Civil rights leaders totally lost their minds over the Voting Rights Act case, though the court upheld the status quo. The court simply said that Congress needed to redo the formula that determines which states should remain under the supervision of the Department of Justice.
Let me explain it this way. In the 1960s and 70s, polyester suits were in vogue. What the court said was, it’s the 21st century, so we think you might need to change the fabric used in your suits. You can still have whatever suit you want, you simply need to update the material you are using to one that is more appropriate to the times. Again, I find this very reasonable.
So, to civil rights icons like John Lewis and Julian Bond, c-h-i-l-l o-u-t! If you listen to them and the liberal media, you would have thought the Supreme Court put Blacks back in chains.
We must approach these decisions strategically, not emotionally. In a weird kind of way, I am very optimistic that Republicans will step up and play a constructive role in facilitating a thoughtful discussion of these two important court decisions.
The key players on these two issues will be, House Majority Whip White Eric Cantor and Congressman Jim Sensenbrenner.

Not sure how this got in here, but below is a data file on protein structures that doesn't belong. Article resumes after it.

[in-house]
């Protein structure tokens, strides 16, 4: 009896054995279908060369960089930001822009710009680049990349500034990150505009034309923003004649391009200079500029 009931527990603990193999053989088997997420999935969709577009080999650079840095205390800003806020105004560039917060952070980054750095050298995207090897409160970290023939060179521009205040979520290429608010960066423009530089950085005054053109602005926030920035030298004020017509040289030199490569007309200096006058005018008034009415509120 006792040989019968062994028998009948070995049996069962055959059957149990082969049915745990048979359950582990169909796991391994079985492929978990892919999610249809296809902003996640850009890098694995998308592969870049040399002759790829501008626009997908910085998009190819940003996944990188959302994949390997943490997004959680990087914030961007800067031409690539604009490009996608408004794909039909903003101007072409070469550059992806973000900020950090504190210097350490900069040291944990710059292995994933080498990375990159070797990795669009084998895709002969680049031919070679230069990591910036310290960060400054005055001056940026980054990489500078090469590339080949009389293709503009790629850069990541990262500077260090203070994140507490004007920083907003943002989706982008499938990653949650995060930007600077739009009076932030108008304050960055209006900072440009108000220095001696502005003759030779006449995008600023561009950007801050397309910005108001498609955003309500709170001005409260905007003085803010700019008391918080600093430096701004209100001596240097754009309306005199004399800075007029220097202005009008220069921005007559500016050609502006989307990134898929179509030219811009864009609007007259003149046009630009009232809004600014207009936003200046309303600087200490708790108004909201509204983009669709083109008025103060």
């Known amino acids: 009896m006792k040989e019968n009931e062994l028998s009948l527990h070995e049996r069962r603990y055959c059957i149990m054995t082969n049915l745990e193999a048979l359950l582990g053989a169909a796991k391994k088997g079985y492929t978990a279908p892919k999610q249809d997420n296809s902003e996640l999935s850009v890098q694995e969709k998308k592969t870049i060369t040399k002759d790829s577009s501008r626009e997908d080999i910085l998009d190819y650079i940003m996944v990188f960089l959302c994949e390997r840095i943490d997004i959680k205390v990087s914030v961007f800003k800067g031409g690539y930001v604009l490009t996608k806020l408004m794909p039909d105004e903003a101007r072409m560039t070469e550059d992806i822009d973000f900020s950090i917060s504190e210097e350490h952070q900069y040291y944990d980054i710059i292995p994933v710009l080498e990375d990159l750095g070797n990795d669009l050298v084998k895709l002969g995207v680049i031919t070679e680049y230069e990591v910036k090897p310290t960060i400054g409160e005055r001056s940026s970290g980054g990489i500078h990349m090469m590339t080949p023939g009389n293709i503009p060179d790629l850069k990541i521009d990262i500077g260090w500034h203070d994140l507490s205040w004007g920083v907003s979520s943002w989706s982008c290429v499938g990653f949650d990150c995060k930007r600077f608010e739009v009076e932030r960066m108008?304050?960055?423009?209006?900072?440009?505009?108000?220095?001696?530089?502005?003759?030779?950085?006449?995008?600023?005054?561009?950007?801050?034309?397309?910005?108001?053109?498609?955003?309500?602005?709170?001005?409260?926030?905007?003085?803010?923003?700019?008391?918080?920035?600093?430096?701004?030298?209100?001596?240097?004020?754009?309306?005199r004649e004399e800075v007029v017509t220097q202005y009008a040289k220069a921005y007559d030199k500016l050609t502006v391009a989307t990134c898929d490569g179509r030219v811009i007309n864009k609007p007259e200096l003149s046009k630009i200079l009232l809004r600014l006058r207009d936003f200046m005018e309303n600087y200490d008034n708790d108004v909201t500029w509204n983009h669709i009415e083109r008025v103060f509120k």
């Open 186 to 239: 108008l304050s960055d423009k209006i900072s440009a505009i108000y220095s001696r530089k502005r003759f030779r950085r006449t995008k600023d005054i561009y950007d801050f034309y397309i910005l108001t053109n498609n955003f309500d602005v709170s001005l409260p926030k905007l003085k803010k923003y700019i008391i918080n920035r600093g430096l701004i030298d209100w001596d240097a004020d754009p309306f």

Cantor represents the 10th district of Virginia in the U.S. House of Representatives. He instinctively gets and understands the issue of race better than most Republicans. He has quite an interesting story to tell in this regard and I hope one day soon he will allow me to share it with the public.
Sensenbrenner represents Wisconsin’s 5th congressional district and is former chairman of the House’s Judiciary Committee. He has been a stalwart on issues revolving around civil rights, specifically the reauthorization of the Voting Rights Act in 2006.
If Speaker John Boehner taps Cantor and Sensenbrenner to play key roles in helping the Republican Party understand some of these issues involving race, I am fairly confident that they will lead the party down a constructive path that will show the Black community that Republicans understand these two issues that are of great interest to the Black community. There is a lot of work to be done, but Cantor and Sensenbrenner’s unique understanding on these issues can be a great asset if the party’s leaders take advantage of it.
(Raynard Jackson is president & CEO of Raynard Jackson & Associates, LLC., a Washington, D.C.-based public relations/government affairs firm. He can be reached through his Web site, www.raynardjackson.com. You can also follow him on Twitter at raynard1223.)
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